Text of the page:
Republican Rep. Ralph Norman (S.C.) thinks House Speaker Kevin McCarthy’s (R-CA.) debt ceiling compromise with Democrats will lead to economic conditions that many House Republicans do not support.
Speaking to Newsweek on Friday (June 9), the South Carolina Republican described McCarthy’s compromise as “a tragedy for the American people.”
Norman asserted that spending would need to be “reined in” in 2024, adding that a previous bill passed with the support of 217 Republicans didn’t have one thing included in the debt ceiling, declaring, “That’s not what we hired McCarthy to do.”
In April, House Republicans passed the “Limit, Save, Grow Act of 2023,” which aimed to raise the federal debt limit until March 31, 2024, or until the debt grows by $1.5 trillion. The final vote was 217-215, which went along party lines.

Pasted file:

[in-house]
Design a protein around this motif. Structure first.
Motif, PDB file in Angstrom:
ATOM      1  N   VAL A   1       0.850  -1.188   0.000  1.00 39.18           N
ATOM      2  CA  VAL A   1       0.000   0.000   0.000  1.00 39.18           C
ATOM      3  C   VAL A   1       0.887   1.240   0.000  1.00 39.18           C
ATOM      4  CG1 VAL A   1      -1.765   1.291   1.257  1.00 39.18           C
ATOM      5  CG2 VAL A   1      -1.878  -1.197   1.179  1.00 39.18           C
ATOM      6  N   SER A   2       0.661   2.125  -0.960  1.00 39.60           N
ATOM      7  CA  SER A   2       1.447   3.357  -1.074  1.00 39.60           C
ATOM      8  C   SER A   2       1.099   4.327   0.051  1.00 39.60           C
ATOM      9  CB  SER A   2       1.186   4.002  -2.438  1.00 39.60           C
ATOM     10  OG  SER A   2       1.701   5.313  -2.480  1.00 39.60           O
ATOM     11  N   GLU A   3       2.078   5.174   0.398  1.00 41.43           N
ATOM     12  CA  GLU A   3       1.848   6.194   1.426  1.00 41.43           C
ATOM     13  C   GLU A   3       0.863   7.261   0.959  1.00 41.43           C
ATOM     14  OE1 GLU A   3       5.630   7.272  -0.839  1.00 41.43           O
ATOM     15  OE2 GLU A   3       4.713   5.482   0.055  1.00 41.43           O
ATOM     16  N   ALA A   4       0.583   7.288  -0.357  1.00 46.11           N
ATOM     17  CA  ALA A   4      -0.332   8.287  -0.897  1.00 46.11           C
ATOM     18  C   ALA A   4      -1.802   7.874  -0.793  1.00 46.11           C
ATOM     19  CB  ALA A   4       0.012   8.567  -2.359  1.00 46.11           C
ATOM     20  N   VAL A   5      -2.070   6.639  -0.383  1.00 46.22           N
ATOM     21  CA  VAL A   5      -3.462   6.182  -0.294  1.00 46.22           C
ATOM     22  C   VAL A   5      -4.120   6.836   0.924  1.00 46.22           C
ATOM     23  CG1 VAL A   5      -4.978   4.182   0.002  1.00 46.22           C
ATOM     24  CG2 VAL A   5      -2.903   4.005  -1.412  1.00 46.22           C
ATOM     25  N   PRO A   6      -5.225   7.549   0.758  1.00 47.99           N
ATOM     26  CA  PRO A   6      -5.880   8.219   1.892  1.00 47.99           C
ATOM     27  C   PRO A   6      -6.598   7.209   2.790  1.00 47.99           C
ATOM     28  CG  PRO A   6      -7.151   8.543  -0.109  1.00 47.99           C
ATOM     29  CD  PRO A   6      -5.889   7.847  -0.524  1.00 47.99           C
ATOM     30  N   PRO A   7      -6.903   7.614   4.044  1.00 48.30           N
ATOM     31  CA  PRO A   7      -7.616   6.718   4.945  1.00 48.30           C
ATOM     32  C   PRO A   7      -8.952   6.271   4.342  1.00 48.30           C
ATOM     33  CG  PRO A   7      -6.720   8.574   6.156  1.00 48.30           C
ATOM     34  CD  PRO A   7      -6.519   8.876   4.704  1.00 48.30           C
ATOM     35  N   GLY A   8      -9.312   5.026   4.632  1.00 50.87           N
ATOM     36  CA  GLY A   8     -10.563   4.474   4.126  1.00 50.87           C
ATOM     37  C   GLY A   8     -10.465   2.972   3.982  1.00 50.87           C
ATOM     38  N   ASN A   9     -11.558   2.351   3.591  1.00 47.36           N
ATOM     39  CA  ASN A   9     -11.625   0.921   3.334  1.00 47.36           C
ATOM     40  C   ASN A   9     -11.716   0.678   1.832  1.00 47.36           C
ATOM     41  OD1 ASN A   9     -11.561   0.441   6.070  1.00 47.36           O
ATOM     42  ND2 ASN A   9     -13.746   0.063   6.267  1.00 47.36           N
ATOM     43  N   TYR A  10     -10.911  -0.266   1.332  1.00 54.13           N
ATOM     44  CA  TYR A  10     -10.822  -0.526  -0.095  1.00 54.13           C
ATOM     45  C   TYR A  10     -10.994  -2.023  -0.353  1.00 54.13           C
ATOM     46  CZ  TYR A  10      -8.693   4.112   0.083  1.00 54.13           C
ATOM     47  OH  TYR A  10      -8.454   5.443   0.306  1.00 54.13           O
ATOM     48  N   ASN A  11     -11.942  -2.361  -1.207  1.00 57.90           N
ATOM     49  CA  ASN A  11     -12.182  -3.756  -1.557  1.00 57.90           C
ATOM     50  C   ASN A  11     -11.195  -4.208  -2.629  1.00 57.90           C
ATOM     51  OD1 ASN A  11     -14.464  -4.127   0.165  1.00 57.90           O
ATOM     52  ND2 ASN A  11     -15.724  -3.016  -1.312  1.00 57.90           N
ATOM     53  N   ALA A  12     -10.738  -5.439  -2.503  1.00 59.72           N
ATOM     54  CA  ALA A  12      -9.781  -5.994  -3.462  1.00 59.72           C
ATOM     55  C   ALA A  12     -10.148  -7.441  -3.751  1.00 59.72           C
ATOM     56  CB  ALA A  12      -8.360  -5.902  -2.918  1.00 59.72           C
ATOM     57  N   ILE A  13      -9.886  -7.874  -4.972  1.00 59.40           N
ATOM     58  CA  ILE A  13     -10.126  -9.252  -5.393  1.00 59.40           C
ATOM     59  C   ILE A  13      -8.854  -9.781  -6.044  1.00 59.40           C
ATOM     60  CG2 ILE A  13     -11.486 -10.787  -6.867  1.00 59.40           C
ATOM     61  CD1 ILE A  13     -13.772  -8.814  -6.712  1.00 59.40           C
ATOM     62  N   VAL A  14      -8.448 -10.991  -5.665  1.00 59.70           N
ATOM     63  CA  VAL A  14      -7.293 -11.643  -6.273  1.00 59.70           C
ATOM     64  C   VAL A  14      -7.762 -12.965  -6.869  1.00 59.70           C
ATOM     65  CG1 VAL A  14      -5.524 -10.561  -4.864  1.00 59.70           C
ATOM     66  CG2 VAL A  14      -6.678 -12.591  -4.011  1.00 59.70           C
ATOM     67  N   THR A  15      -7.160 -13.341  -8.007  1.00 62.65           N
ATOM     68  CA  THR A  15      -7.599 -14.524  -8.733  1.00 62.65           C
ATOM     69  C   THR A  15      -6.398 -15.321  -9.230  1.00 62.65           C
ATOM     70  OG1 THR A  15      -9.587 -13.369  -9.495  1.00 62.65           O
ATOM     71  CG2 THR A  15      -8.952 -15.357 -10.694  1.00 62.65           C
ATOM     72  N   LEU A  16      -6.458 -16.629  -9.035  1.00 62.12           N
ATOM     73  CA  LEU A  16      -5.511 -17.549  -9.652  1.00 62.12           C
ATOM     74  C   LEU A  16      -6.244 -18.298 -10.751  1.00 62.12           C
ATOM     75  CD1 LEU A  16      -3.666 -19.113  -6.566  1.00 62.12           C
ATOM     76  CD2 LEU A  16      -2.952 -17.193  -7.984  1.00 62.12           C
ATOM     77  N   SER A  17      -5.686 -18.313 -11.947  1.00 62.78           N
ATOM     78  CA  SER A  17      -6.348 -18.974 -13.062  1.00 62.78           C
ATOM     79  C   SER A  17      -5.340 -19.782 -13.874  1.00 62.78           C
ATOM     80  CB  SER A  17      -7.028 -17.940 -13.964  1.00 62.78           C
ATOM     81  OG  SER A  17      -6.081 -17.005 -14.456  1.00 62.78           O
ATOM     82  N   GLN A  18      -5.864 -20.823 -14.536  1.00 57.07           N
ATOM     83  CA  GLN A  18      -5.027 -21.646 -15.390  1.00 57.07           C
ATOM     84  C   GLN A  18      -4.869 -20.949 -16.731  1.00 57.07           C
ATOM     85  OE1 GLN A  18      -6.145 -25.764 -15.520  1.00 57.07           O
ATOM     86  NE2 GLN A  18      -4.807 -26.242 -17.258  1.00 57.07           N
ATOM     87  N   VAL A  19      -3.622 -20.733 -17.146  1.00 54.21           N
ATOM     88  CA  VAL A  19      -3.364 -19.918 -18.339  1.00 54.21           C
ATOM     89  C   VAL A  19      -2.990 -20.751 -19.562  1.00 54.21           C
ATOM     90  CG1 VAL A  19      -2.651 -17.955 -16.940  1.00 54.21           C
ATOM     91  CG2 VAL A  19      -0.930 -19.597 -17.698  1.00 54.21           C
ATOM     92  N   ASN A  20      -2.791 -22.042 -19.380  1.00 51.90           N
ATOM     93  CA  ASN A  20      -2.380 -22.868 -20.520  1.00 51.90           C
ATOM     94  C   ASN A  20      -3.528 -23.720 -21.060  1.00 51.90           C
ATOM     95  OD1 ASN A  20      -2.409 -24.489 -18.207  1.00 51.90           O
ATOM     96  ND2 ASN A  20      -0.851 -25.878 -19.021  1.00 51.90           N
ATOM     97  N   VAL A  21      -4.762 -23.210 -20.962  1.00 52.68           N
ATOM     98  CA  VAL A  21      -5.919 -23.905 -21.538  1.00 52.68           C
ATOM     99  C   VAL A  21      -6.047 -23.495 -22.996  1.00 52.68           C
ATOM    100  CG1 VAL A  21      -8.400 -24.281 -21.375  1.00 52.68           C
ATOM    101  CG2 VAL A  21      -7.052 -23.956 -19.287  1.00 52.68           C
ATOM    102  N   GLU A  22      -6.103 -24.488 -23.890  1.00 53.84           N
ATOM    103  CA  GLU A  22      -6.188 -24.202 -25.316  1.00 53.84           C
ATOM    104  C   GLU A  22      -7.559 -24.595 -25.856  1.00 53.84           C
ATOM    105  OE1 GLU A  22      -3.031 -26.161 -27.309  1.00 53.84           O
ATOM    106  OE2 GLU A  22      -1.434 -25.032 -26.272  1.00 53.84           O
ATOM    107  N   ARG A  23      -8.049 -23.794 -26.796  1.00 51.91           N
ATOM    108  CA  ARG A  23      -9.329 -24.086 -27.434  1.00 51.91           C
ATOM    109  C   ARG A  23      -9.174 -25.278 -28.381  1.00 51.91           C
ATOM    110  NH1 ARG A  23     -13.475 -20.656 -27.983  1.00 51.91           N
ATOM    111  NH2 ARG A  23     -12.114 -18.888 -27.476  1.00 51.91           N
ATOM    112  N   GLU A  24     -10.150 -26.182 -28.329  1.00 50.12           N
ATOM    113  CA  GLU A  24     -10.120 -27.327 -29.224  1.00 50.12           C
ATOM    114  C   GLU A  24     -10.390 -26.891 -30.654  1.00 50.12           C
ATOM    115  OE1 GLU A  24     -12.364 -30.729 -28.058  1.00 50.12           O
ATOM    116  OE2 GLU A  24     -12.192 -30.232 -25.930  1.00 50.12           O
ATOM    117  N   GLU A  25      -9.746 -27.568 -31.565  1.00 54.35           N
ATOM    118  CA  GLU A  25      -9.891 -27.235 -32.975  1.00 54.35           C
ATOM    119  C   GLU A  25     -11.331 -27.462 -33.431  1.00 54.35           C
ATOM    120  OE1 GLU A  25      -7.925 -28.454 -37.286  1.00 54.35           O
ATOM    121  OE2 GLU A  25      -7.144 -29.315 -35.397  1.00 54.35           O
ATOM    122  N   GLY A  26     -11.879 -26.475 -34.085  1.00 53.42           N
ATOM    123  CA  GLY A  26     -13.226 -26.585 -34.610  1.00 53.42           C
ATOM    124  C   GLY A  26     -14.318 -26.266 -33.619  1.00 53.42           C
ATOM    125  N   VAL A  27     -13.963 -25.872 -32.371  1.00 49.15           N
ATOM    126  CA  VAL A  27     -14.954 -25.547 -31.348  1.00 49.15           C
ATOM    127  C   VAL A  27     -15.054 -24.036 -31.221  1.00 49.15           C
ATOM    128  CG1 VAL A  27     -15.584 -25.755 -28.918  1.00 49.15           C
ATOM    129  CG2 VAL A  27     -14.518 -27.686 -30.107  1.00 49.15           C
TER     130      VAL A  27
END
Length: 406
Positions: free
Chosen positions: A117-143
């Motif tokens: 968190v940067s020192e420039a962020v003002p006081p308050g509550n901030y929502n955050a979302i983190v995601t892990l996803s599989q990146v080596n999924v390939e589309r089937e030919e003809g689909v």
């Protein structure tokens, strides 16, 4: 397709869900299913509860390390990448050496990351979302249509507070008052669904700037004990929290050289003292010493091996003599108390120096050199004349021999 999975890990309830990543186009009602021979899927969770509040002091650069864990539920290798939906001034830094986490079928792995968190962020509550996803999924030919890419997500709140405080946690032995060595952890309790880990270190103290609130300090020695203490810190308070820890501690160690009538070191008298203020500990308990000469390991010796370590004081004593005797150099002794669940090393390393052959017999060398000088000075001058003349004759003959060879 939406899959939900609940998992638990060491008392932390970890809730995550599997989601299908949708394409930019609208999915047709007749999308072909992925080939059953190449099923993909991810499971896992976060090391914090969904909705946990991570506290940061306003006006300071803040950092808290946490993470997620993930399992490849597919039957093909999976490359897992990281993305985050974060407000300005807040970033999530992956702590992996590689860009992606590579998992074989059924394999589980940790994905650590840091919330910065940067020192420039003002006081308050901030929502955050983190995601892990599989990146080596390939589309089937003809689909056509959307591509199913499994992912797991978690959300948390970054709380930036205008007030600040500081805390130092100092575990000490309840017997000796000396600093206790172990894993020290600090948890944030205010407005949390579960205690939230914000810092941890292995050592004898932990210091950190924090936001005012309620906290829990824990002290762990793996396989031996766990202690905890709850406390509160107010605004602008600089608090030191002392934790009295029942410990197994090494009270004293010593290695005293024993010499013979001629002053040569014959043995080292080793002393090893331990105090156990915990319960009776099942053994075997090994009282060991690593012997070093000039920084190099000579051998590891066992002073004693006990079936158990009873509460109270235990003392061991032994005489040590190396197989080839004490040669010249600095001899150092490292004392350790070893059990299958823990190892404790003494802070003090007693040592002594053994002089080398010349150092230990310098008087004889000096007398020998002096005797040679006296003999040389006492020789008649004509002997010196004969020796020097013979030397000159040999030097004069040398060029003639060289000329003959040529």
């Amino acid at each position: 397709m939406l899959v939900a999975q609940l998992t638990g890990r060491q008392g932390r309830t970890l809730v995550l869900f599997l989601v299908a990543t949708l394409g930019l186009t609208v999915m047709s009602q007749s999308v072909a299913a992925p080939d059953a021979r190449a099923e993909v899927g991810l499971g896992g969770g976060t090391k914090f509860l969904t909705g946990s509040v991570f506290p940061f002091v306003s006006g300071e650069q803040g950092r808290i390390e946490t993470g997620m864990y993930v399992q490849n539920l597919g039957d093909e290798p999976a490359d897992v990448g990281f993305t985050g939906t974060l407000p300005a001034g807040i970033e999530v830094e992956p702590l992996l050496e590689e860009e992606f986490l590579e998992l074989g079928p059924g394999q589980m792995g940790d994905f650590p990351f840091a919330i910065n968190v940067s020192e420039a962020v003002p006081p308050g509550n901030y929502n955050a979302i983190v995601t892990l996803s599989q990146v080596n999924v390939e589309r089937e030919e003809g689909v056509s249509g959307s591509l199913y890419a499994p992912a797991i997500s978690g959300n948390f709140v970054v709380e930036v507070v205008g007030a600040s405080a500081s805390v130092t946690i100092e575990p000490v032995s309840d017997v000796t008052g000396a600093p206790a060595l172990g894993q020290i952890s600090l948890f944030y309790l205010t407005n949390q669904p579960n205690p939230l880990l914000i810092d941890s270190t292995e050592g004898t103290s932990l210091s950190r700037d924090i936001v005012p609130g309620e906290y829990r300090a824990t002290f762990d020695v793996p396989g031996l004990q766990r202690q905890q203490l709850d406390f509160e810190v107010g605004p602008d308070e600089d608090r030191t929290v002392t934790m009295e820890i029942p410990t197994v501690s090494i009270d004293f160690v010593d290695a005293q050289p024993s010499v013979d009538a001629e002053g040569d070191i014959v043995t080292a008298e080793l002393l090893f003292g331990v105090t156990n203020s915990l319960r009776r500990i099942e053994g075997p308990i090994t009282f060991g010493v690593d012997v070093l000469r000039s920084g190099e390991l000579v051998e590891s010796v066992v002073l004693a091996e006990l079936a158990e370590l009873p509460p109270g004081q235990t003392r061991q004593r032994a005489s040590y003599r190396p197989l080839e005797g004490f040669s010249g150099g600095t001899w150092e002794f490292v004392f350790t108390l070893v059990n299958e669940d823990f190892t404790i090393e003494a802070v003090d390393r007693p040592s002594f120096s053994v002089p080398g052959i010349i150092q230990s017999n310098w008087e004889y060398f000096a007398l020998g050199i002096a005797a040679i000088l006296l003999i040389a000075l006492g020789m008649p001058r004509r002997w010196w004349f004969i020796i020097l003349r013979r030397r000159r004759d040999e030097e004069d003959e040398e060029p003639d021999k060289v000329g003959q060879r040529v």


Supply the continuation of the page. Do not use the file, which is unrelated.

The bill, which sought to recoup unused COVID-19 relief funds totaling less than $80 billion, would reverse the priorities of President Joe Biden’s Inflation Reduction Act (IRA), which sought to cut $80 billion from the Internal Revenue Service (IRS). The bill would have repealed President Joe Biden’s $400 billion student debt cancellation scheme and some IRA Green tax incentives.
The Congressional Budget Office (CBO) found that the GOP’s proposed bill would have saved the federal government $4.8 trillion through fiscal year 2033, about $4.2 trillion in policy savings and $543 billion in interest savings.
The bill would also restore discretionary spending to the fiscal year 2022 level in fiscal year 2024, after which it would increase by 1 percent per year for ten years.
But legislation passed in the House and then in the Senate fell short of the expectations of many Republicans, including Norman because it returned fewer COVID-19 funds and made softer changes to expanded work requirements for programs like Medicaid and the Supplemental Nutrition Assistance Program (SNAP).